NCAA Athletes' Pay Victory May Leave Them Worse Off
(Bloomberg Opinion) -- Don’t get so excited yet about all the news of rising wages for college athletes and workers. The increases often mask other cuts in compensation.
Last week the U.S. Supreme Court made a decision that may change college sports. The judges ruled that the National Collegiate Athletic Association can’t act as a cartel to restrict how student athletes are paid. It means athletes may be paid in new ways — so long as the compensation is related to their education. Things like semesters abroad, internships and even money for graduate school are now on the table. The ruling also opens the door to future lawsuits, which could mean cash payments are next. It's seen as a win for players, but it may be a pyrrhic victory, because as we’ve seen in other jobs, often when regulation expands or changes how workers are compensated, something else gets taken away.
And odds are this will happen at colleges and universities too. We hear about the large revenues big football and basketball programs bring in, but running these programs is very expensive. Even sports programs in schools that compete in the large conferences just about breakeven. Football does bring in million-dollar profits at universities that play in major conferences, but even Division I basketball barely makes a profit at most of these schools. All women’s sports lose money.
This means that unless universities are prepared to violate Title IX (and drop women’s sports), increasing student compensation in one area will probably mean cutting it somewhere else. That could translate to fewer scholarships; students will need to pay their own way or some talented athletes just won’t go to college. Or it could mean fewer trainers or lower quality facilities. (The NCAA indicated Monday that it would soon allow athletes to make money from their name, image and likeness without forfeiting their eligibility.)
It’s not just sports. There is evidence that when the minimum wage is increased, other non-monetary perks are cut, such as predictable hours, free parking or health care. One reason teacher pay has stagnated is that every teacher must also be eligible for a defined benefit pension. But these kinds of pensions have become more expensive to finance as interest rates fell, so pension pay has increased even as wages stagnated.
These differences are important, because not all forms of pay are worth the same, especially when some of it is hard to put a value on. The minimum-wage study estimates that whichever benefit got cut was often more valuable than the wage increase the workers got instead. Benefit cuts are not always obvious and their value can be idiosyncratic to each worker. For some minimum-wage workers, especially those with children, predictable hours can be more valuable than a higher wage. For teachers who spent their career in the same school system, pensions can be incredibly valuable because they are guaranteed income for life. But for young teachers a pension is worth less. They may move or change jobs, and if they do they could lose the pension, or at best they'd still get the pension and it won’t be worth much.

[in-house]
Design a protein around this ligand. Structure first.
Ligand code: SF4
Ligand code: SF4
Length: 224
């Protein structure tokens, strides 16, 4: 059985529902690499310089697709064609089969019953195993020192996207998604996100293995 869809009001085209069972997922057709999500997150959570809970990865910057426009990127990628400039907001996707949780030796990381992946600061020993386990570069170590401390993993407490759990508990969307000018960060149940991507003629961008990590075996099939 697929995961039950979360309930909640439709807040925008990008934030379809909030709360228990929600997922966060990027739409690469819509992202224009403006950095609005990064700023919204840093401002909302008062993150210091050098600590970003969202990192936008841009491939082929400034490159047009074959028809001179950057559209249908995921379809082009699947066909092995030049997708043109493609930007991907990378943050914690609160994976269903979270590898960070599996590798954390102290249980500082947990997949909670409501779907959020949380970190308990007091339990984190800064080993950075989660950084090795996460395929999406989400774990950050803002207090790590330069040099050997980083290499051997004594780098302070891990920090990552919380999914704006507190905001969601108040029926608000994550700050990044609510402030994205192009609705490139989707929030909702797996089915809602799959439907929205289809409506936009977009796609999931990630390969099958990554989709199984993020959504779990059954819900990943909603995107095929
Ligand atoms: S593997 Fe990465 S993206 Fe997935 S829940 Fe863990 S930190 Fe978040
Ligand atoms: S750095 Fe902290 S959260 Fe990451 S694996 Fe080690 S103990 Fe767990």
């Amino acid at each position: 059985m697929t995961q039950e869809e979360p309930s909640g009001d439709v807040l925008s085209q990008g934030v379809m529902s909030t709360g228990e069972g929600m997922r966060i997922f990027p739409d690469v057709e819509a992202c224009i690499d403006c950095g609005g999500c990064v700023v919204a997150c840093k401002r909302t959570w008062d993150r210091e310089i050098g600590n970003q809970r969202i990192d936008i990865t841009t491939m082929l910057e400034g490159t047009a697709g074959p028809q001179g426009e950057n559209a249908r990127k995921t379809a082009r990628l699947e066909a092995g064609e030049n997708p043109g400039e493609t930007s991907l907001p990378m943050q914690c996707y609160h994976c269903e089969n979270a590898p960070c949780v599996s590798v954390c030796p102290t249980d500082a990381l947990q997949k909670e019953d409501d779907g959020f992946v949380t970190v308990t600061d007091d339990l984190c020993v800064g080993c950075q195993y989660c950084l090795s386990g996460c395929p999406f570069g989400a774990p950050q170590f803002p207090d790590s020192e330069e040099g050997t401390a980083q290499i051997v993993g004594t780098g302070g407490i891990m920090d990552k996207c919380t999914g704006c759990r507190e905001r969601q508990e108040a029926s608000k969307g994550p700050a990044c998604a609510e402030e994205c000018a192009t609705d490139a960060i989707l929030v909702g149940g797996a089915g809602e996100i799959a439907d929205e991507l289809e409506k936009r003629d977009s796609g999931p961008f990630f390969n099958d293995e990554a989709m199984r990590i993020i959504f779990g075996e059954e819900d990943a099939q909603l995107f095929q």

The same goes for college athletes. In theory, the best outcome would be for employers to compete by offering different kinds of pay and letting workers choose what suits them. But college sports is different because of the unique role the NCAA plays in the market, and because compensation pays off years into the future. The NCAA compensates athletes in two ways: by providing a long-shot chance to secure a lucrative professional contract from the exposure, competition and good coaching that only the NCAA offers, or, if a pro career doesn't work out, with an education that can result in higher, more secure pay after graduation. This education can be valuable — even more valuable for most players than the cash pay in minor leagues.
But the long-shot pro career tends to get more attention and is more compelling for many students — and often for university administrators, too. As a result, the education part plays second fiddle. The way it's currently handled, it doesn't benefit all students. Playing a top sport can be a full-time job and many student athletes don’t have the time, resources or academic training to take full advantage of their education.
That's why having different NCAA teams compete by offering different types of compensation won't necessarily be a gain for student athletes. It merely enables universities to further obscure and degrade the education they're already offering. A better use of university funds would be to ensure athletes can benefit from what they're already offered. That might include guaranteed scholarships if they're injured, and the option to take an extra year to complete their class requirements after they're no longer eligible to play — when they'll have time to devote to their studies.
Pay increases are often not what they seem, especially when there is some market distortion that leads to other forms of compensation being cut. Even if the NCAA players continue to prevail in court, the nature of their pay and market suggests they may just wind up worse off.
This column does not necessarily reflect the opinion of the editorial board or Bloomberg LP and its owners.
Allison Schrager is a Bloomberg Opinion columnist. She is a senior fellow at the Manhattan Institute and author of "An Economist Walks Into a Brothel: And Other Unexpected Places to Understand Risk."
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